En EspaŅol
Share

Ask Mr. Smarty Plants

Mr. Smarty Plants - Why are the eastern red cedars in Bastrop/Travis County turning brown?

Ask Mr. Smarty Plants is a free service provided by the staff and volunteers at the Lady Bird Johnson Wildflower Center.

Search Smarty Plants
    
 
See a list of all Smarty Plants questions
Can't find the answer in our existing FAQs, submit a question to Mr. Smarty Plants.

Need help with plant identification, visit the plant identification page.
 
rate this answer
Not Yet Rated

Monday - May 11, 2009

From: Elgin, TX
Region: Southwest
Topic: Diseases and Disorders, Pests, Trees
Title: Why are the eastern red cedars in Bastrop/Travis County turning brown?
Answered by: Jimmy Mills

QUESTION:

I live on the Bastrop/Travis county, TX line and have many eastern red cedars on my property. About 10 of them are dying and it has happened quickly with the onset of the warmer weather. I noticed driving along the highway, the countryside is just peppered with brown cedars that are already dead. This is just something that has started happening this year. I've not seen it in years past. For my dying trees that i can reach with the water supply, I've been letting water drip for hours at a time, hoping it is drought related. So far no change though. Any idea what might be happening?

ANSWER:

The eastern red cedar Juniperus virginiana (eastern redcedar)  is the most widely distributed conifer of tree size in the Eastern United States, and East Texas certainly has its share.

Yours is the second question we have received lately regarding browning of the Junipers, and excerpting from the previous answer, the causes could be:

too much water

too little water

juniper scale (an insect disease)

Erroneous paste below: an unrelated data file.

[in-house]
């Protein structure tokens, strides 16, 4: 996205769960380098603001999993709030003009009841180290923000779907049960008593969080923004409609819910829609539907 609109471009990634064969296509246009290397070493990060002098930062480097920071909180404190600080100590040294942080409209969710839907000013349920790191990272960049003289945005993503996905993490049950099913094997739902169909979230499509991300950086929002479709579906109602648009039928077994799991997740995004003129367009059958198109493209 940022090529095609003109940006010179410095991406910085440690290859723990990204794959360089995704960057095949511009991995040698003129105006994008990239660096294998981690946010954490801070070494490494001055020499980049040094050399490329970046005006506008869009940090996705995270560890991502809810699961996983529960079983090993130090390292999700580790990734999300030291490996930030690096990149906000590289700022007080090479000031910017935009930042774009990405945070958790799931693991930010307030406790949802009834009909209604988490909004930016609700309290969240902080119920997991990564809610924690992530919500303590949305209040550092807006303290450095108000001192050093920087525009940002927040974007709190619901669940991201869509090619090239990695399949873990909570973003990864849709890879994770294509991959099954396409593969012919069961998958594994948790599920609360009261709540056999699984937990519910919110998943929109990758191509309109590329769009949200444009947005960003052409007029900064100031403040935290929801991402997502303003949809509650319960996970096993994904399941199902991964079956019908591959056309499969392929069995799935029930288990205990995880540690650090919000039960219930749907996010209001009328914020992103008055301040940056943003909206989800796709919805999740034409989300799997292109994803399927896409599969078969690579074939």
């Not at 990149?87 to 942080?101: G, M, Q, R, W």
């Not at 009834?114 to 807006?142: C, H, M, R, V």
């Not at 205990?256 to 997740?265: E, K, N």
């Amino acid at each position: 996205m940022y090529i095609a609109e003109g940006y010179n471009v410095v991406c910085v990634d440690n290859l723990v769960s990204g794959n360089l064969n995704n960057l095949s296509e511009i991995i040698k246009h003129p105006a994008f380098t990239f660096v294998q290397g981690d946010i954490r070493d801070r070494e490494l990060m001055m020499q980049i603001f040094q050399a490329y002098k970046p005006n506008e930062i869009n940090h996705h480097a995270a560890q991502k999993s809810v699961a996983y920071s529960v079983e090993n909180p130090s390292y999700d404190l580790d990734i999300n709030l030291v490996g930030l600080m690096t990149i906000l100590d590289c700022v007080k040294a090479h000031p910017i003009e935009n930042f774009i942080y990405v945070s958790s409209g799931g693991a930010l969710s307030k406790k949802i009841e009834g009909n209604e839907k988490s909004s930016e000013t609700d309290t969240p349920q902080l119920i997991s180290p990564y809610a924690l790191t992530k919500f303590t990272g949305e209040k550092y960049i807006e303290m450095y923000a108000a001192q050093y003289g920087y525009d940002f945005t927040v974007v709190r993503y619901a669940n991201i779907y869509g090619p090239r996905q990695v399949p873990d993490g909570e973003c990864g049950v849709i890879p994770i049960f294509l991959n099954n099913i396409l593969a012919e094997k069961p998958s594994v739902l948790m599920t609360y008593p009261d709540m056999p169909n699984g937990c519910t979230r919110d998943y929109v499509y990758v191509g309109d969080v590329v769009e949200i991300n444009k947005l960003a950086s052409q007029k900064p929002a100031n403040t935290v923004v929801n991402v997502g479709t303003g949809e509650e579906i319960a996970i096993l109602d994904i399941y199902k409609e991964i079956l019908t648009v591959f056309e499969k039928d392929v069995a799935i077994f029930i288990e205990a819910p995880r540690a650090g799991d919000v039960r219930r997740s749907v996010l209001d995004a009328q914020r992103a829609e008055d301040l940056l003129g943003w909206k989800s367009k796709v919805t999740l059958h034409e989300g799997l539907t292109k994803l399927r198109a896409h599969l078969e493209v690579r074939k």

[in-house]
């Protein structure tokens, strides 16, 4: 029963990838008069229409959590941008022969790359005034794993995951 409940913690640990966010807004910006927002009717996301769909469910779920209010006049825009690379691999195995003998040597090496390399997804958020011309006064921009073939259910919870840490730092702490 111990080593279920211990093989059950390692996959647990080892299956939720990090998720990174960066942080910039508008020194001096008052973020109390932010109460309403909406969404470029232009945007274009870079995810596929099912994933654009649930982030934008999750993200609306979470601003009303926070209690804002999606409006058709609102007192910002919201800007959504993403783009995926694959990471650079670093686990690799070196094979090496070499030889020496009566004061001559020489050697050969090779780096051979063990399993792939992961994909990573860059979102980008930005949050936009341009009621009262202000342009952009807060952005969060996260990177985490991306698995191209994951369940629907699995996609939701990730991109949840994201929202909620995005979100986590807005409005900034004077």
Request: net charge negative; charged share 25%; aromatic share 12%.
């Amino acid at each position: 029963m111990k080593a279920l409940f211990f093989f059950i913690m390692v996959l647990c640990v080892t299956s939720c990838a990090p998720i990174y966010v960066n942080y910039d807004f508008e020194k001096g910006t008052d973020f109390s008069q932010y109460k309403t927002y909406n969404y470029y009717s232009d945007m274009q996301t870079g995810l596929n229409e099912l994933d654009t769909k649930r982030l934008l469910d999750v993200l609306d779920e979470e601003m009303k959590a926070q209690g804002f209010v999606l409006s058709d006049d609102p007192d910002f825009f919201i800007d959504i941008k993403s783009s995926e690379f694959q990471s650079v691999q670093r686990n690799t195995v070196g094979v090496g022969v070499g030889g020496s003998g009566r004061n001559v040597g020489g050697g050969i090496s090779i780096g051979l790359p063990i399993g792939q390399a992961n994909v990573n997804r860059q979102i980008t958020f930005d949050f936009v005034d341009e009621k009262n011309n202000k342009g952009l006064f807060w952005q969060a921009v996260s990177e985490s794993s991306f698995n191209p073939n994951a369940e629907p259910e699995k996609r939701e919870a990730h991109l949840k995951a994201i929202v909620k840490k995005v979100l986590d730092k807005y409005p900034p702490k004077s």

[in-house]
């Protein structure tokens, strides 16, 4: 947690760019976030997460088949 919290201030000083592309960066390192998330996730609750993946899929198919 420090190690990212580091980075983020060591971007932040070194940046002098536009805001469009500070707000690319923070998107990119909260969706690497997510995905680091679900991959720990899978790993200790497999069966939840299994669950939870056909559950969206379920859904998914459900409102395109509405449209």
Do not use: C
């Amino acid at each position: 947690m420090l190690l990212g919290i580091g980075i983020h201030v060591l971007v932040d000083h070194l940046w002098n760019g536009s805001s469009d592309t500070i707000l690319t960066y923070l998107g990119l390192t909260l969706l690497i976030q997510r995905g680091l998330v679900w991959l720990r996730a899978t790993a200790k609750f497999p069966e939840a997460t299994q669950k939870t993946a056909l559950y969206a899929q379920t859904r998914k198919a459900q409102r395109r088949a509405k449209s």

spider mites

juniper twig blight ( fungal disease)

The websites below have descriptions of the various diseases that may allow you determine the cause of the problem.

The National Forest  Service article on Eastern Red Cedar gives an overview of the biology of the tree and the agents that attack it.

 Kansas State Research and Extension has a down-loadable publication titled "Juniper Diseases" that covers fungal diseases of Juniper.

Clemson Extension has an article titled "Juniper Diseases and Insect pests".

New Mexico State University Extension  has a nice discussion of spidermites.

A source of help closer to home of course is the Bastrop County (or Travis County) office of the Texas AgriLife Extension Service which can put you in touch with the Texas Plant Disease Diagnostic Laboratory.

We would be interested in learning what kind of results you get.

 

 

More Trees Questions

Plants for shelter for butterflies
July 04, 2010 - I understand that butterflies need certain plants for food, but are there specific plants that butterflies prefer to use as shelter in central Texas?
view the full question and answer

Diagnosis of problem with Parsley hawthorn
August 06, 2007 - I have a Crataegus marshallii (Parsley hawthorn) that is about 3 years old. It leafed out this spring and flowered lightly. As the summer has progressed, though, the leaves have been dropping premat...
view the full question and answer

Hedge for steep slope by sidewalk in Wisconsin
August 25, 2008 - I have a fairly steep slope from the sidewalk to my yard. The space is about 48" high, 30" deep and 120' long. I was thinking that a boxwood hedge would fill that space nicely but no one else aroun...
view the full question and answer

Native trees for horse pasture in eastern Washington
October 15, 2008 - Hi. I live in Washington State (eastern)What type of trees can I grow in a pasture for horses? Best Regards,
view the full question and answer

Retention of essential oils by Ashe Juniper wood from Austin
May 03, 2014 - I am looking for information on why local Austin Juniper/Cedar trees are so great at retaining essential oils for aromatherapy. I make pendants for necklaces out of our local fallen cedar trees and ...
view the full question and answer

Smarty Plants's Facebook profile Support the Wildflower Center by Donating Online or Becoming a Member today.

Mr. Smarty Plants wants you to be his Facebook friend. Click the Facebook icon to add yourself to Mr. Smarty Plants list of friends.
E-NEWSLETTER | BECOME A MEMBER | DONATE NOW | MEDIA | SITEMAP
© 2014 Lady Bird Johnson Wildflower Center